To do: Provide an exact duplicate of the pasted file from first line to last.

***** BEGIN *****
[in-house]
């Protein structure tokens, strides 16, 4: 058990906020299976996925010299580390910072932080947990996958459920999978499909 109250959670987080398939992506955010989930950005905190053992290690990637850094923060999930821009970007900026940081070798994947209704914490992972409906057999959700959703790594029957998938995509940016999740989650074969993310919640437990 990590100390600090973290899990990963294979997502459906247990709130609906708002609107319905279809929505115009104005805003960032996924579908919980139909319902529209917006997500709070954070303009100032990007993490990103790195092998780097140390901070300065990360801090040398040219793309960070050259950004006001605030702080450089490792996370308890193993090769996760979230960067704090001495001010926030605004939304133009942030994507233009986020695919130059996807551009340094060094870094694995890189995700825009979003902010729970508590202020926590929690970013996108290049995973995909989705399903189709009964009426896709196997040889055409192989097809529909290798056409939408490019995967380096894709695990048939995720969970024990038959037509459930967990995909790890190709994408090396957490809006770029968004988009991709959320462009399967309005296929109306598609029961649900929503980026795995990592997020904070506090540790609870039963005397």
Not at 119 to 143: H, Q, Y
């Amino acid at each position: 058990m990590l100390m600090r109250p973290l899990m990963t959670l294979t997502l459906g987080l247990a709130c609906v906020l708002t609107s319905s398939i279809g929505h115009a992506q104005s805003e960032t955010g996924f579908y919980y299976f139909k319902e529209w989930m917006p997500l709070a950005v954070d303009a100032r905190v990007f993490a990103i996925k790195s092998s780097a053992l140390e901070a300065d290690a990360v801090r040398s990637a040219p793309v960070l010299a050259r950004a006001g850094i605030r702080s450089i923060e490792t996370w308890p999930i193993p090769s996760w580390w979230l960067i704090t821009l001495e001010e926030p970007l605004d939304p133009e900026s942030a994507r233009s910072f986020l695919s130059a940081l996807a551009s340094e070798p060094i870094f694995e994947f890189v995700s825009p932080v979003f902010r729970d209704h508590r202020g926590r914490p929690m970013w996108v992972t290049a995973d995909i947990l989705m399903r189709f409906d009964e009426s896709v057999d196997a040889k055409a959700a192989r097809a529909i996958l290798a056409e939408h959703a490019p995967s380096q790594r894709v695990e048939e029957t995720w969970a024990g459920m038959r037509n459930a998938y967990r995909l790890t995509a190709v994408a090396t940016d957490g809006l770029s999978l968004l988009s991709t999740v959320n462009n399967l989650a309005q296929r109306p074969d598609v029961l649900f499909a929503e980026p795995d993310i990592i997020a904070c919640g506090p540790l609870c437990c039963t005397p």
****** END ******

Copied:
[in-house]
């Protein structure tokens, strides 16, 4: 058990906020299976996925010299580390910072932080947990996958459920999978499909 109250959670987080398939992506955010989930950005905190053992290690990637850094923060999930821009970007900026940081070798994947209704914490992972409906057999959700959703790594029957998938995509940016999740989650074969993310919640437990 990590100390600090973290899990990963294979997502459906247990709130609906708002609107319905279809929505115009104005805003960032996924579908919980139909319902529209917006997500709070954070303009100032990007993490990103790195092998780097140390901070300065990360801090040398040219793309960070050259950004006001605030702080450089490792996370308890193993090769996760979230960067704090001495001010926030605004939304133009942030994507233009986020695919130059996807551009340094060094870094694995890189995700825009979003902010729970508590202020926590929690970013996108290049995973995909989705399903189709009964009426896709196997040889055409192989097809529909290798056409939408490019995967380096894709695990048939995720969970024990038959037509459930967990995909790890190709994408090396957490809006770029968004988009991709959320462009399967309005296929109306598609029961649900929503980026795995990592997020904070506090540790609870039963005397």
Not at 119 to 143: H, Q, Y
């Amino acid at each position: 058990m990590l100390m600090r109250p973290l899990m990963t959670l294979t997502l459906g987080l247990a709130c609906v906020l708002t609107s319905s398939i279809g929505h115009a992506q104005s805003e960032t955010g996924f579908y919980y299976f139909k319902e529209w989930m917006p997500l709070a950005v954070d303009a100032r905190v990007f993490a990103i996925k790195s092998s780097a053992l140390e901070a300065d290690a990360v801090r040398s990637a040219p793309v960070l010299a050259r950004a006001g850094i605030r702080s450089i923060e490792t996370w308890p999930i193993p090769s996760w580390w979230l960067i704090t821009l001495e001010e926030p970007l605004d939304p133009e900026s942030a994507r233009s910072f986020l695919s130059a940081l996807a551009s340094e070798p060094i870094f694995e994947f890189v995700s825009p932080v979003f902010r729970d209704h508590r202020g926590r914490p929690m970013w996108v992972t290049a995973d995909i947990l989705m399903r189709f409906d009964e009426s896709v057999d196997a040889k055409a959700a192989r097809a529909i996958l290798a056409e939408h959703a490019p995967s380096q790594r894709v695990e048939e029957t995720w969970a024990g459920m038959r037509n459930a998938y967990r995909l790890t995509a190709v994408a090396t940016d957490g809006l770029s999978l968004l988009s991709t999740v959320n462009n399967l989650a309005q296929r109306p074969d598609v029961l649900f499909a929503e980026p795995d993310i990592i997020a904070c919640g506090p540790l609870c437990c039963t005397p």